Python programming language: What will power the next wave of its growth?

Commentary: Python doesn't look to be slowing anytime soon, as developers put the programming language to new and exciting uses.

Python

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Want a great job in software development? Better learn Python. Want to keep close with the open source crowd? Python, again. Maybe you just want to hitch your career to the programming language that keeps trending? You guessed it: learn Python. Across an array of factors, Python tops IEEE Spectrum's latest programming language rankings as both the overall winner and the winner across a range of categories (jobs, open source, etc.). This is true whether you're a web developer or an embedded developer, or you build enterprise apps. 

These results echo Anaconda CEO Peter Wang's contention that Python's growth is "absolutely explosive." The question is: Will anything will slow that growth?

SEE: Hiring kit: Python developer (TechRepublic Premium)

Python: This, too, shall pass?

And, no, I don't mean what will slow that growth 50 years from now. Microsoft's Stephen Walli is probably right that "this too shall pass," because, as he tweeted, "Python is this generation's become-a-programmer language," just as Java used to be. Of course, by that yardstick, Python has decades of dominance ahead of it, since Java still links arms with Python atop programming language rankings like those from RedMonk. The more enterprises build with a given programming language, the more jobs they list for that language, begetting more students learning the language to qualify for those jobs.

It's a virtuous cycle, one that propels a programming language like Python forward, even as it ensures it will take a long, long time to unseat it. 

But one of the best reasons to bet big on a bright, near- and long-term Python future is data science. Not long ago, Terence Shin crunched the numbers on more than 15,000 data scientist job postings, trying to get a read on Python adoption vs. R. While it would be foolish to posit that R interest will evaporate anytime soon, the fact remains that Python keeps growing at R's expense, as measured by data science job postings. As enterprises look for ways to make data science central to day-to-day business, this places Python in a position to take an ever-increasing share of one of the hottest sectors in computing today and tomorrow.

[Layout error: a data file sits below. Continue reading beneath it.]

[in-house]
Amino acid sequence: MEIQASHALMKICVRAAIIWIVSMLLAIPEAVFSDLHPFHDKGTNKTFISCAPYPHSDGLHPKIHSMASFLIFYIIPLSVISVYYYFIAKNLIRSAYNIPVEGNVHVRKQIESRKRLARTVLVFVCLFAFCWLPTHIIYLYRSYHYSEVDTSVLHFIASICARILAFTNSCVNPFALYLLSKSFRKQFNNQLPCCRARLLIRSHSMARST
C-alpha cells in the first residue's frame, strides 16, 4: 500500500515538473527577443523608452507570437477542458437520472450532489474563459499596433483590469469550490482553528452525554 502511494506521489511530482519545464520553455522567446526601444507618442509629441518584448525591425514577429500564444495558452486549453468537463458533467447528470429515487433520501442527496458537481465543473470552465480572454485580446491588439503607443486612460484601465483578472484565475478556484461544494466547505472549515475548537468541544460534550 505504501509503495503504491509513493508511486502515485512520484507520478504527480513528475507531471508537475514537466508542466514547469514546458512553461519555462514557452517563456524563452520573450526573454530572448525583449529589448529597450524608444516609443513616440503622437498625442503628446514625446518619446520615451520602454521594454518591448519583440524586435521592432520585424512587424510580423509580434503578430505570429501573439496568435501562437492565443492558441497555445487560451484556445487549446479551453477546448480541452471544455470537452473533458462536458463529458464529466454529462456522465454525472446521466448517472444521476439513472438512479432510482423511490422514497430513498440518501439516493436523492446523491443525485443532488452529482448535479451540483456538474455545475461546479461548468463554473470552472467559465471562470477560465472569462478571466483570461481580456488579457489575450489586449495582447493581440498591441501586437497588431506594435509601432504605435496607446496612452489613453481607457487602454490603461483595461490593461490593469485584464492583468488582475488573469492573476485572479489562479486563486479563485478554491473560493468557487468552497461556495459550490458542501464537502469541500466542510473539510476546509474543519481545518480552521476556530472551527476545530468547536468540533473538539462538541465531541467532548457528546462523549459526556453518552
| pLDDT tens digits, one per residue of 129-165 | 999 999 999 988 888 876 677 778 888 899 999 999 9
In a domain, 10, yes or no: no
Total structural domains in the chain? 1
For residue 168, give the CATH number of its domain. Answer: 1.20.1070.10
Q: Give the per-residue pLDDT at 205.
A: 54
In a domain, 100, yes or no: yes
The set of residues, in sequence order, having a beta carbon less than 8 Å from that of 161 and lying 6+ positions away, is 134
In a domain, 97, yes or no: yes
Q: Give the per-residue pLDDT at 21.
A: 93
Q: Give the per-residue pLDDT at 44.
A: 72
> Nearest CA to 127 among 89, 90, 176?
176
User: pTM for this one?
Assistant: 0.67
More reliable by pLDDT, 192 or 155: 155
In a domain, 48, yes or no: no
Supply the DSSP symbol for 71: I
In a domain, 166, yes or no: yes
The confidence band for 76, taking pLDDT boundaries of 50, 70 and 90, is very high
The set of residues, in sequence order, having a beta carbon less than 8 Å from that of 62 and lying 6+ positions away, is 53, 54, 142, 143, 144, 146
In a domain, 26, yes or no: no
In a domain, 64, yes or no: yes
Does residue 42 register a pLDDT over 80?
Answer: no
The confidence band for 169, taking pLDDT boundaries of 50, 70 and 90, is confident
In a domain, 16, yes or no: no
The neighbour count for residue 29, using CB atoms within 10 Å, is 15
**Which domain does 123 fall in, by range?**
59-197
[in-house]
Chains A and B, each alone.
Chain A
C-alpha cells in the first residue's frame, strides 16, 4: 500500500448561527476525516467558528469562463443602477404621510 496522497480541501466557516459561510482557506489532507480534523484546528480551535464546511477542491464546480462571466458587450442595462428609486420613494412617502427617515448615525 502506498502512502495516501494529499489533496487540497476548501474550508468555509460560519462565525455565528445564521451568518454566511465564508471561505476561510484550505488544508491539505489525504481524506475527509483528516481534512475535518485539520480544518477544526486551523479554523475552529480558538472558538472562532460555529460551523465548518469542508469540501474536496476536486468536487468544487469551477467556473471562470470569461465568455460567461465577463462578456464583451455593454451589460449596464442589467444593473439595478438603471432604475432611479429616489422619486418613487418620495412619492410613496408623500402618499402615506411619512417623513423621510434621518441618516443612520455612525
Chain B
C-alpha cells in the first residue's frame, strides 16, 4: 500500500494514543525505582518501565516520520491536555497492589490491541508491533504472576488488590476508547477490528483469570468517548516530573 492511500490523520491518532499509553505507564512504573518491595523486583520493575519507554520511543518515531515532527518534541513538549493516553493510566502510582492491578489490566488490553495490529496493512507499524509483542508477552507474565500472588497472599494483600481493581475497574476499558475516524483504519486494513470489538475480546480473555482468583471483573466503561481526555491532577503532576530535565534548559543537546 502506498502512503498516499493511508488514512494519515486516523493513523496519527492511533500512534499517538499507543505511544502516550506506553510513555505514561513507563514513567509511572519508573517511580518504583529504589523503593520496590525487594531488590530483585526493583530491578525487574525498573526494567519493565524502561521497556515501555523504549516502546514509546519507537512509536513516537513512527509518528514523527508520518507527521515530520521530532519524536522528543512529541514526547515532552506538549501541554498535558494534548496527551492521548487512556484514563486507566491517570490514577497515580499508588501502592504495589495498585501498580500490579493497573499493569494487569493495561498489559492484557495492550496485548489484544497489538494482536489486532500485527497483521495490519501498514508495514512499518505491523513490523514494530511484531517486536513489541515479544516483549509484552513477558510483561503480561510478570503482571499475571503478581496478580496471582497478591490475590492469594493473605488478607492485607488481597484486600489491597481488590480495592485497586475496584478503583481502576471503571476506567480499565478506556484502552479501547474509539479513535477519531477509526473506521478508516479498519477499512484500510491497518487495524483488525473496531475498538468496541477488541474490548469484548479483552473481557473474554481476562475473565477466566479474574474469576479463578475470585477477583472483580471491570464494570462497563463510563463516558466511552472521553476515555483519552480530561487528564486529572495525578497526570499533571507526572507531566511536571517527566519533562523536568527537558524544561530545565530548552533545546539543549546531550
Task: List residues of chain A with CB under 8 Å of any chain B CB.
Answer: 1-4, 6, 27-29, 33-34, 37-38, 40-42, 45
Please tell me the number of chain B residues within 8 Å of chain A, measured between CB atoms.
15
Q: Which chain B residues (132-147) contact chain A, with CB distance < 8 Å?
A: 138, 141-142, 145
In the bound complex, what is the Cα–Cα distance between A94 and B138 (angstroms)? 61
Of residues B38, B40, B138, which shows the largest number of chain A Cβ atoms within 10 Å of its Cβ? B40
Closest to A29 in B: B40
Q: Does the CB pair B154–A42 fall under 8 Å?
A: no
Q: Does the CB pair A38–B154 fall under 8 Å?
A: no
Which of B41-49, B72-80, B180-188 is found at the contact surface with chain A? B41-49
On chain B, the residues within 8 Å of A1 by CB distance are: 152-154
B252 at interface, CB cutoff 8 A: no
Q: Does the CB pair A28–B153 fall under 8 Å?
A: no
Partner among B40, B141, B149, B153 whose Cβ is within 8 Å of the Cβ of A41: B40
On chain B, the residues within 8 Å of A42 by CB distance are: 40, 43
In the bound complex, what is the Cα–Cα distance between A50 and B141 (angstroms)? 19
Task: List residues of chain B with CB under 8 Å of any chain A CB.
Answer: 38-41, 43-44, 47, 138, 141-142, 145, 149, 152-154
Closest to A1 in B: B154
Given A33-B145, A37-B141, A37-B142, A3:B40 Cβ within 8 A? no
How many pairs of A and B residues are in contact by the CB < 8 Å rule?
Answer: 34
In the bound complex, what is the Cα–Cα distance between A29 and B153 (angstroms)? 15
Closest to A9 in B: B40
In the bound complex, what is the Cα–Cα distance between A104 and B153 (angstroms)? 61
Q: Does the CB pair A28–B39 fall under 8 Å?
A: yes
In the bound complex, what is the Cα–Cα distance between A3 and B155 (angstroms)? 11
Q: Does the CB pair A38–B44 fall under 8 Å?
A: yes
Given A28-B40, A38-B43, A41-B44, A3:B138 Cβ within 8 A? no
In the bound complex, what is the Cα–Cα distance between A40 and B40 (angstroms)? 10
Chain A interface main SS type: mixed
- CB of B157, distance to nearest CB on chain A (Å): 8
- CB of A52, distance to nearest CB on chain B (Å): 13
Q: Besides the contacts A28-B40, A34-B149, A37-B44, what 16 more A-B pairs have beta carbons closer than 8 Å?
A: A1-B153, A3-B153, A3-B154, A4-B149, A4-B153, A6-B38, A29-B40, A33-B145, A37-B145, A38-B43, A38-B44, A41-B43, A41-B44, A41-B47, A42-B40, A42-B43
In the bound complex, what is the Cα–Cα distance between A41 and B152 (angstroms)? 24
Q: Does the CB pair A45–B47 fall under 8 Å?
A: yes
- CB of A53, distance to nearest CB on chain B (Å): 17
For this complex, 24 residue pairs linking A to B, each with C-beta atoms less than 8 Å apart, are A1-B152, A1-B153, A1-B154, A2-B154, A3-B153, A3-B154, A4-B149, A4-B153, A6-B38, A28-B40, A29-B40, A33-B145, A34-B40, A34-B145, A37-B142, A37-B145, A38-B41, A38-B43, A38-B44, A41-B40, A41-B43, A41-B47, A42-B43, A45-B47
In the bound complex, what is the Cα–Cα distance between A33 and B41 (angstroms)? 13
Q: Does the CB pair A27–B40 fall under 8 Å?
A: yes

Nor is this love for Python a case of developers dumping everything that's old and replacing it with sexy, new technologies. In Shin's analysis, for example, SQL is second only to Python in the jobs data (Figure A).

Figure A

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Python and SQL rank #1 and #2, respectively, in this analysis of the 10 most in-demand data science skills in 2021.

Image: Terence Shin

The rise of Python corresponds to the staying power of SQL: both are "easy." Python is easy because it's intuitive with low barriers to entry; similarly, SQL is a relatively straightforward query language with wide adoption. That adoption hasn't budged much even as cloud and other factors have driven massive adoption of the inaptly named "NoSQL databases" ("inapt" because there's no reason you can't use SQL to query these databases).

SEE: If you've always wanted to learn to program with Python, here's an opportunity (TechRepublic Academy)

As enterprises grapple with big trends like data science, they'll increasingly turn to the comfortable yet powerful Python–after all, their developers already use it to build web applications and more. It's a tool they already know, made ever-richer by developers adding capabilities to suit their particular needs. Why not add data science to the mix? 

Disclosure: I work for MongoDB, but the views expressed herein are mine.

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